[FOM] Analyticity of half-exponentials
joeshipman@aol.com
joeshipman at aol.com
Mon Apr 16 19:37:14 EDT 2007
>> Is there a monotonic real analytic function defined on the
>> non-negative real numbers such that f(f(x)) = 2^x, or f(f(x))=e^x?
> "For the equation
>(*) f^2(x) = e^x,
>a real analytic solution has been found by H. Kneser.
>This solution, however, is not single-valued (Baker)
>and, as pointed out by G. Szekeres, there is no
>uniqueness attached to the solution. It seems reasonable
>to admit f(x)=F^(1/2)(x), where F^u is the regular
>iteration group of g(x)=e^x, as the "best" solution of
>the equation (*) (best behaved at infinity). However,
>we do not know whether this solution is analytic for
>x>0.
This is not very helpful; from this information I cannot tell
1) is Kneser's "real analytic solution" a function, or isn't it?
2) if it is a function, is it monotonic, or isn't it?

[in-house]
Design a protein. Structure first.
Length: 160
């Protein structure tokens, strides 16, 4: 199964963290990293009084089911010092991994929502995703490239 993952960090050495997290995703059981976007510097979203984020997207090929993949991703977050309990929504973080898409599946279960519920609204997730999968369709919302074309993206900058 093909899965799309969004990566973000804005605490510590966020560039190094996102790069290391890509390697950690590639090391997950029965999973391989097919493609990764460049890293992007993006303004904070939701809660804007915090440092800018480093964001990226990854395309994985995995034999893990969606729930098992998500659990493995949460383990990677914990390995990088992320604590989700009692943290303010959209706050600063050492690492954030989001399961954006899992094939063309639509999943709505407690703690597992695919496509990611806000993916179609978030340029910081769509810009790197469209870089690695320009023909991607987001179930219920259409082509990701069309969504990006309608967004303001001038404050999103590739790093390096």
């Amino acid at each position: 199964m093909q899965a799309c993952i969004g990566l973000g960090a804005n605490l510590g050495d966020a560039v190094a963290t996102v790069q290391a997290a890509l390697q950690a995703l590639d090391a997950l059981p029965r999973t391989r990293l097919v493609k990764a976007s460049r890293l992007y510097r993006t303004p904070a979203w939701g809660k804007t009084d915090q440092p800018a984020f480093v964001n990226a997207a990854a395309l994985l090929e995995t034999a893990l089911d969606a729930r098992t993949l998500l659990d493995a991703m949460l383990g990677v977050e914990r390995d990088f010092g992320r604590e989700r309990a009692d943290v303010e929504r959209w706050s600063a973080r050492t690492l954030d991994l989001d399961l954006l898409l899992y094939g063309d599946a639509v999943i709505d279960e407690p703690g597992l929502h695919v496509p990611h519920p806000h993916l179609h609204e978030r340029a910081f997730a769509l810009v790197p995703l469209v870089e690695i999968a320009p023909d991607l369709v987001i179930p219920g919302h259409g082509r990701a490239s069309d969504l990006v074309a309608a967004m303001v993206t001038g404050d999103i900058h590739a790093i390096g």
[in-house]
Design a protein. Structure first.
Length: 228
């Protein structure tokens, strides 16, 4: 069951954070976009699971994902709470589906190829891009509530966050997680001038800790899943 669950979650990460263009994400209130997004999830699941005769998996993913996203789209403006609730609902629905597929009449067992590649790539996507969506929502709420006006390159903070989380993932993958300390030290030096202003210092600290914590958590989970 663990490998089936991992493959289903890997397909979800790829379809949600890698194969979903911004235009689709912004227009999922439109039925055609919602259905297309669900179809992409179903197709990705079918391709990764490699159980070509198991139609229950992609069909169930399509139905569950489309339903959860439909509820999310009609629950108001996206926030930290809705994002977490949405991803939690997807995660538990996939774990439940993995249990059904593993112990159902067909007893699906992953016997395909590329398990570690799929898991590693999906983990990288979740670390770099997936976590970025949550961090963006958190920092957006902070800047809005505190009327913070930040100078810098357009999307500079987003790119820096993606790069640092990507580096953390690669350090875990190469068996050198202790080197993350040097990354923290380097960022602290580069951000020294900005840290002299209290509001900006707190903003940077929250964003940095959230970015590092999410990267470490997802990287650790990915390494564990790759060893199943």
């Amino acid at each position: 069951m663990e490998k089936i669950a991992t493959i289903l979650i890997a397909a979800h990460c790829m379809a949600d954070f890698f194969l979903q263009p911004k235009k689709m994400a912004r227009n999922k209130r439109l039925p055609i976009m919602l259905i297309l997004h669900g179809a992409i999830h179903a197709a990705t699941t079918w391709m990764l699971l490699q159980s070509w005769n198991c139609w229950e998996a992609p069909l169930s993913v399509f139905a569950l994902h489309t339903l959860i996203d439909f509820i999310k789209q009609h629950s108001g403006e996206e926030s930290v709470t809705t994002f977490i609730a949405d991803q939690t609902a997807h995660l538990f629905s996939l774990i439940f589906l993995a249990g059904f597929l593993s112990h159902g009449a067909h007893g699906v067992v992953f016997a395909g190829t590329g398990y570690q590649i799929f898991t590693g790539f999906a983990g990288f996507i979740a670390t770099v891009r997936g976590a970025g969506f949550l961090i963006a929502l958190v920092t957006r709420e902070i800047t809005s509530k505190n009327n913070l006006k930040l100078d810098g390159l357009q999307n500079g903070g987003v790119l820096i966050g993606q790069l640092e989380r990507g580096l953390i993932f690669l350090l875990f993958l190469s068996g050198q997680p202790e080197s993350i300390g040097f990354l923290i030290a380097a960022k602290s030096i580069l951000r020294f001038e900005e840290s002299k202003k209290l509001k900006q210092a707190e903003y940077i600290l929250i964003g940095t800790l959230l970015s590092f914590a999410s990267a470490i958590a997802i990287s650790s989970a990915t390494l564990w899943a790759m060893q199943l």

3) how is "F^(1/2)(x)" is defined?
4) is it monotonic?
If "F^(1/2)(x)" is uniquely defined then it is very surprising that
whether it is analytic is open.
I'm trying to ask as precisely focused a question as possible, but I
cannot tell from your reply whether the answer to my original question
is "yes", "no", or "open".
If I look at a modification of the question and ask for a function f
such that f(f(x)) = (e^x - 1) instead of e^x, then I can actually build
a formal power series that uniquely solves the functional equation, but
which has some negative coefficients (and is therefore probably
non-monotonic) and whose radius of convergence I cannot calculate. This
implies that the answer to my question is negative if I replace e^x by
(e^x - 1) AND I strengthen the requirement "real analytic" to "real
analytic with an everywhere-convergent power series"; but it's possible
for a function to be real analytic and need different power series in
different parts of the domain, and this example says nothing about the
original question with f(f(x))=e^x or f(f(x))=2^x because the
construction of the formal power series solution depends on the
constant term being zero.
-- Joe Shipman
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